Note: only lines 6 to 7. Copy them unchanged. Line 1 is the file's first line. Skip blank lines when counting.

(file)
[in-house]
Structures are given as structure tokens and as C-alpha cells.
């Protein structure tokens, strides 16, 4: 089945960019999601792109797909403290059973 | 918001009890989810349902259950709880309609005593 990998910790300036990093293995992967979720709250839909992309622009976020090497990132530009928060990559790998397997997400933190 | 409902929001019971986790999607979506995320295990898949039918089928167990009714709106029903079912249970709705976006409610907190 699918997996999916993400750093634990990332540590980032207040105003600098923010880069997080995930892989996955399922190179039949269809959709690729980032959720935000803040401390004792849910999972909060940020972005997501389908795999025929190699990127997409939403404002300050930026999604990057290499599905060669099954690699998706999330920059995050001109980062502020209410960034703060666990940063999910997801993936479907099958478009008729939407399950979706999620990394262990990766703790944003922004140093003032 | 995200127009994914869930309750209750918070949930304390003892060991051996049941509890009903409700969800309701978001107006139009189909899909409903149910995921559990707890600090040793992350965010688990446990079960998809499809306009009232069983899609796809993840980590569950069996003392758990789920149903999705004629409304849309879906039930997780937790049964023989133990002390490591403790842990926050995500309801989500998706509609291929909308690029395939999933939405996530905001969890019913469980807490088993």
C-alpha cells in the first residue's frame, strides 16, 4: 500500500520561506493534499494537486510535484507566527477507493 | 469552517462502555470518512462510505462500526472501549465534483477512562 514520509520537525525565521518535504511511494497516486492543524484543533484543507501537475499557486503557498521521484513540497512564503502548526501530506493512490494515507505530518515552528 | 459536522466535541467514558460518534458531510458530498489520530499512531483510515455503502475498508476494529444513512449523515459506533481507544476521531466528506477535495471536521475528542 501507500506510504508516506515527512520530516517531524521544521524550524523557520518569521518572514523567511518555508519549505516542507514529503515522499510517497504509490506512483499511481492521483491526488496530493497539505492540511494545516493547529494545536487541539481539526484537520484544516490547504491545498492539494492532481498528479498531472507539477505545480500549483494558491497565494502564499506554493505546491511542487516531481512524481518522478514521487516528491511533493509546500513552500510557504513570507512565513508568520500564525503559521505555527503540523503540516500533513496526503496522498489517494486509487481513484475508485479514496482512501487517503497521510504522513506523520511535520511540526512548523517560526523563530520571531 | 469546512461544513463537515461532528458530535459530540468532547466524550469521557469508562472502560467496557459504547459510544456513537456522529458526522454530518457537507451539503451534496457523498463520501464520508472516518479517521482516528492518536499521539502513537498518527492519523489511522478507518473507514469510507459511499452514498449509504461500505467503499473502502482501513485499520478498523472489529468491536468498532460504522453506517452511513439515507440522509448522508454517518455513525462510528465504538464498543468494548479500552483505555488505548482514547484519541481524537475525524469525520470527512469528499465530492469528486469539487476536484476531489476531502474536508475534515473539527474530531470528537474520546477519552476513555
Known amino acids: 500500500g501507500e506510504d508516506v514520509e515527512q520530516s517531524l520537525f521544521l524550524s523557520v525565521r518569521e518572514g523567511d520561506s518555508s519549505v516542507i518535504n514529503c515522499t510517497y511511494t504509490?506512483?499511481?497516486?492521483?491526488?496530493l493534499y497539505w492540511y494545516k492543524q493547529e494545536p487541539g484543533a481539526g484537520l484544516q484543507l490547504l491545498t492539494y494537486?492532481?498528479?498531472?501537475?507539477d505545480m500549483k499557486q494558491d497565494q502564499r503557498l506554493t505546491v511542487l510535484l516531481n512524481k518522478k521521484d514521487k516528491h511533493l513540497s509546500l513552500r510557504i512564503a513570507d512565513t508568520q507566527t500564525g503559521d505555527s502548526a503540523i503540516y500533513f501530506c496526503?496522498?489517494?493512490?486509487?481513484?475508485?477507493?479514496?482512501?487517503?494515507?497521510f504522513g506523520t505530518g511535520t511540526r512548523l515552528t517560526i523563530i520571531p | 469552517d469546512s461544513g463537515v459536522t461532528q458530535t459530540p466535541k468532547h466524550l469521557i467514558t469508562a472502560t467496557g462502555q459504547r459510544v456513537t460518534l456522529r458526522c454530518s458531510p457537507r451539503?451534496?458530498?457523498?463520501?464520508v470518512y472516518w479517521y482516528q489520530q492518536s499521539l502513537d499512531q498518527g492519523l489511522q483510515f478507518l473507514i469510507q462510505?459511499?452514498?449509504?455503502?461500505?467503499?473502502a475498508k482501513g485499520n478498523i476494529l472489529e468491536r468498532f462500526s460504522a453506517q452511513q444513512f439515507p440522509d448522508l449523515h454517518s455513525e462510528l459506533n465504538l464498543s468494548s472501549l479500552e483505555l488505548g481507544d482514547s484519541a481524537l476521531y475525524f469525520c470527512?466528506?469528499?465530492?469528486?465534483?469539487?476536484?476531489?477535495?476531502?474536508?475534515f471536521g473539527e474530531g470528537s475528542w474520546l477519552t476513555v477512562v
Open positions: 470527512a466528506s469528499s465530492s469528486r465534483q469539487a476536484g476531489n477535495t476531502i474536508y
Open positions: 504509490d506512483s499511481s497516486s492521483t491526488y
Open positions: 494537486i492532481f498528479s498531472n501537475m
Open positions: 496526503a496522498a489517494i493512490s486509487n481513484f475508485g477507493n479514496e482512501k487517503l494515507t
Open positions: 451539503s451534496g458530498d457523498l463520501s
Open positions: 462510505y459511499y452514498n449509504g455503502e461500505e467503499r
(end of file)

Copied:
Open positions: 470527512a466528506s469528499s465530492s469528486r465534483q469539487a476536484g476531489n477535495t476531502i474536508y
Open positions: 504509490d506512483s499511481s497516486s492521483t491526488y